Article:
“Who deserves to win the title this season?”, asked the old man to her 4-year old grand-daughter who doesn’t even know the basics of the beautiful game.
“Leicester City, Leicester City, Leicester City!!”, she shouted.
This has been the scenario in the whole of Europe as Leicester City push for one of the most improbable achievements in sporting history ever to have been achieved till date.
Even Sir Alex Ferguson recently claimed that Leicester City have had been, “the best team without question in the English Premier League this season and would be worthy winners of the title.”
What makes this achievement more significant than Nottingham Forest of the 1977-78 season is the fact that the premier league is now beguiled with unrestrained wealth. Even a team like Aston Villa, who is hitting rock bottom and touted by Jamie Carragher and Gary Neville as a Championship struggler in the next season, will earn around $100m even after relegation. This is the exact financial status of the best league in the world.
Now, the real question is, “Are Leicester City the most complete team this season?” The Answer may not be yes. Absolutely Jarring!
Leicester City have scored 1.73 goals this season per game, while Tottenham Hotspur have matched them with a 1.82 goals per game ratio. On the contrary, Spurs have conceded 6 goals fewer than the almost would-be champions have shelled in.
On an average, Spurs have enjoyed around 55% possession of the ball, a lot thanks to Mauricio Pochettino’s high-pressing, attacking style of football, with enough composer down the middle, courtesy to Dembele and Dier, and with enough firework and creativity upfront in the likes of Eriksen, Alli, Lamela and Kane.
Conversely, Leicester City enjoyed only 45% of the ball, largely due its counter-attacking approach towards the game. Claudio Ranieri has used the old-fashioned Italian 4-4-2 counter-attacking style all season with Vardy and Okazaki his target men, with Kante and Drinkwater(arguably the best central duo this season) down the middle and with flair and pace from both Mahrez and Albrighton.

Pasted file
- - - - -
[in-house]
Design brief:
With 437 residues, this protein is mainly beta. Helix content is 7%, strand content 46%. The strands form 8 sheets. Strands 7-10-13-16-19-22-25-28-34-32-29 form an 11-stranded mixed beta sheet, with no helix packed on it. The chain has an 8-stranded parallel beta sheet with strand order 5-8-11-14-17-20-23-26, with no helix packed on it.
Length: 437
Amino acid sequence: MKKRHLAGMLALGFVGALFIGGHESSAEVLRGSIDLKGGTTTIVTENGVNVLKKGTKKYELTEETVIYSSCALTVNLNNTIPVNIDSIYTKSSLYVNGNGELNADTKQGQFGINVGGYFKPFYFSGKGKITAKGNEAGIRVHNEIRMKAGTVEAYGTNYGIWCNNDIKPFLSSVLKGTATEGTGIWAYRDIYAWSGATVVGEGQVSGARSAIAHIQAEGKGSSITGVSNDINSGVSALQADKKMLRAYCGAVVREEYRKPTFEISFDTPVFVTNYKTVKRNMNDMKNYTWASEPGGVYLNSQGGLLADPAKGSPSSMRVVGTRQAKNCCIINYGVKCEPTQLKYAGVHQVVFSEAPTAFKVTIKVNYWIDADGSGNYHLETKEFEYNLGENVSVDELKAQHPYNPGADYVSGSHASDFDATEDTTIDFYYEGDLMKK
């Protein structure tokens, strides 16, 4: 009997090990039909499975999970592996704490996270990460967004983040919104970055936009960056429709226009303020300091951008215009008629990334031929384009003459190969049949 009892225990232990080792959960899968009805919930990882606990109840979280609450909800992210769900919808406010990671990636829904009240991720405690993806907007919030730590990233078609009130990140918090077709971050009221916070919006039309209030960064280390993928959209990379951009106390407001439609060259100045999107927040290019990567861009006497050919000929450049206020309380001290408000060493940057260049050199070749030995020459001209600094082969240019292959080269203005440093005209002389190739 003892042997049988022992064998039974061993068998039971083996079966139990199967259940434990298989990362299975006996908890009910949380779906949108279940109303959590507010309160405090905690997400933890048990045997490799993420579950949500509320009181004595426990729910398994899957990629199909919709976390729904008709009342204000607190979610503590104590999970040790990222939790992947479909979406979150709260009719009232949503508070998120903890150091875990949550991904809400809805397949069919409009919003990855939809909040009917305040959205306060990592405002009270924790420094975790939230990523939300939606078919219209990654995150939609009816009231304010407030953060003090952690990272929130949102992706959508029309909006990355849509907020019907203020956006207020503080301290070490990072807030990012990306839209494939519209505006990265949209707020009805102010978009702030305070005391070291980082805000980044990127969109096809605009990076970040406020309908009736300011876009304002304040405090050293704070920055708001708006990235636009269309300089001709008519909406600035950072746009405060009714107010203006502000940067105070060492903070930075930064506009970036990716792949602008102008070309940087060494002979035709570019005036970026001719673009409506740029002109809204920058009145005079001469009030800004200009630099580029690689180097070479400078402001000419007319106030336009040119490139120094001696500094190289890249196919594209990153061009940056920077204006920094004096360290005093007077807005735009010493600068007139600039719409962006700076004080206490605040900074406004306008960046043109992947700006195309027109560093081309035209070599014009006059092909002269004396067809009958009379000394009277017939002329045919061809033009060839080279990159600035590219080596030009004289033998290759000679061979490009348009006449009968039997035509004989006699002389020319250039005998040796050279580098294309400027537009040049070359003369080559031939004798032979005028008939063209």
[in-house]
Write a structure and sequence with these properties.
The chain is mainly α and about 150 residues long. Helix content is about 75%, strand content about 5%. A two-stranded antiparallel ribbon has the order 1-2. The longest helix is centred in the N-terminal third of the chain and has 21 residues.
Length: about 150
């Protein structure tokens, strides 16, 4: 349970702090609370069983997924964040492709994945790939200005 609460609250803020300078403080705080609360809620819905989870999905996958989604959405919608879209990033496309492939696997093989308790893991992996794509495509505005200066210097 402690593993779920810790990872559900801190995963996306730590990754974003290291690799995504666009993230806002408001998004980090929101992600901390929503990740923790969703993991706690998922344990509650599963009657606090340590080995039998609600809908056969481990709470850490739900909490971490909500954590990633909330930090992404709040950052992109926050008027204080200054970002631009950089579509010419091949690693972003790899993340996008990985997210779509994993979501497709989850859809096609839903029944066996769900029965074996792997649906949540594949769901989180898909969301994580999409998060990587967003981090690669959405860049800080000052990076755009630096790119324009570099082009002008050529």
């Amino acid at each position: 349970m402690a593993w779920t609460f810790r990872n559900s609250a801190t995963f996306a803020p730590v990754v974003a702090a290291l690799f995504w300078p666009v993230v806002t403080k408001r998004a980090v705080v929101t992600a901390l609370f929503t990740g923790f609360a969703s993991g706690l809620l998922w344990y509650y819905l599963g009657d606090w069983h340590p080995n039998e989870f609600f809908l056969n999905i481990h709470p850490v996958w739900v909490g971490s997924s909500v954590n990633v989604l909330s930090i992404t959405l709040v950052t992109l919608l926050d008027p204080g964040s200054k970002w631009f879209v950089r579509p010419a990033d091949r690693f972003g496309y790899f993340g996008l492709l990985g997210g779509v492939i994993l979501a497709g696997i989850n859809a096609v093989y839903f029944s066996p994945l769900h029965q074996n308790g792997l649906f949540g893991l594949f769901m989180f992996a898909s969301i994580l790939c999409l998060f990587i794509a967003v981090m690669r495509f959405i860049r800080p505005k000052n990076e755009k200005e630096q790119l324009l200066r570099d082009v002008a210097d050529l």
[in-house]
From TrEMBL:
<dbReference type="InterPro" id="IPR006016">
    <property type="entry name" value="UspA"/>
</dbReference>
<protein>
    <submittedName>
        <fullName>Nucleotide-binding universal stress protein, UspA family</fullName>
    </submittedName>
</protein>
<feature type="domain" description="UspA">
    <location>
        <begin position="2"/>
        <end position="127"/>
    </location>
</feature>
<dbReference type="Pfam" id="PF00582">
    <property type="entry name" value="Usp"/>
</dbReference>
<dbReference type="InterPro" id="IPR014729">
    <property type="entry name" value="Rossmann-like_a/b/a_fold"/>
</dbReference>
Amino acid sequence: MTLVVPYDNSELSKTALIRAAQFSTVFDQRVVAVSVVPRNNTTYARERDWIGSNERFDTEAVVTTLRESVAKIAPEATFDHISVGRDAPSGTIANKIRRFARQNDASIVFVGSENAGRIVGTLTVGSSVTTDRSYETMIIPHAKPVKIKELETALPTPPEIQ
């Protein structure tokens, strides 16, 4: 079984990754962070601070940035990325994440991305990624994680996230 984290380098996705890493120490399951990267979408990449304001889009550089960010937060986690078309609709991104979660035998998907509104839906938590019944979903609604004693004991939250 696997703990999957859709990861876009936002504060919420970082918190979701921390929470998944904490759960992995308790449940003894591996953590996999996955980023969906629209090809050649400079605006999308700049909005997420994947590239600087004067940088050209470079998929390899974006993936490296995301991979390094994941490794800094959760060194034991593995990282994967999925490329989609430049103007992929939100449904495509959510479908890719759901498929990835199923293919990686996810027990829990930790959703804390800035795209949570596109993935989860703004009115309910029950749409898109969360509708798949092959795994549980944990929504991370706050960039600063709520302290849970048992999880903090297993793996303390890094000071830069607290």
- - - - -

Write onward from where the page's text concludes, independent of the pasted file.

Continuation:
This formation has been viewed as a fossil over the last ten years, mainly because of how its two strikers leave the midfield vulnerable and outnumbered. But its initial secret was of the defensive kind. When Arrigo Sacchi installed it at AC Milan in the late 1980s—outsmarting opponents with an aggressive offside trap, zonal marking and small distances between the lines—No10s struggled to find time and space.
The system would inspire many coaches, such as Rafa Benítez, the Valencia boss in 2004. “Four-four-two is the best defensive system that exists,” Ancelotti, who was Sacchi’s regista at Milan and later his assistant for Italy, said in 2014. “Four-three-three doesn’t give the balance required and it’s more difficult to pressure higher upfield. Our intention is to defend with a 4-4-2 and attack with a 4-3-3.”
What gives Spurs the edge is that they have one of the most disciplined defences in Europe behind an exceptionally exciting and dangerous attack, that has created a whooping 432 chances as a team compared to just 323 by Ranieri’s men. Also, the number of passes completed by Spurs on an average is 489.9 per game compared to just 352 by Leicester.
Clearly comparing all the footballing departments in attack and in defense we can arguably say that, Leicester City are the best team this season, but Tottenham Hotspur has been undoubtedly the most complete and composed side of the 2015-16 spell.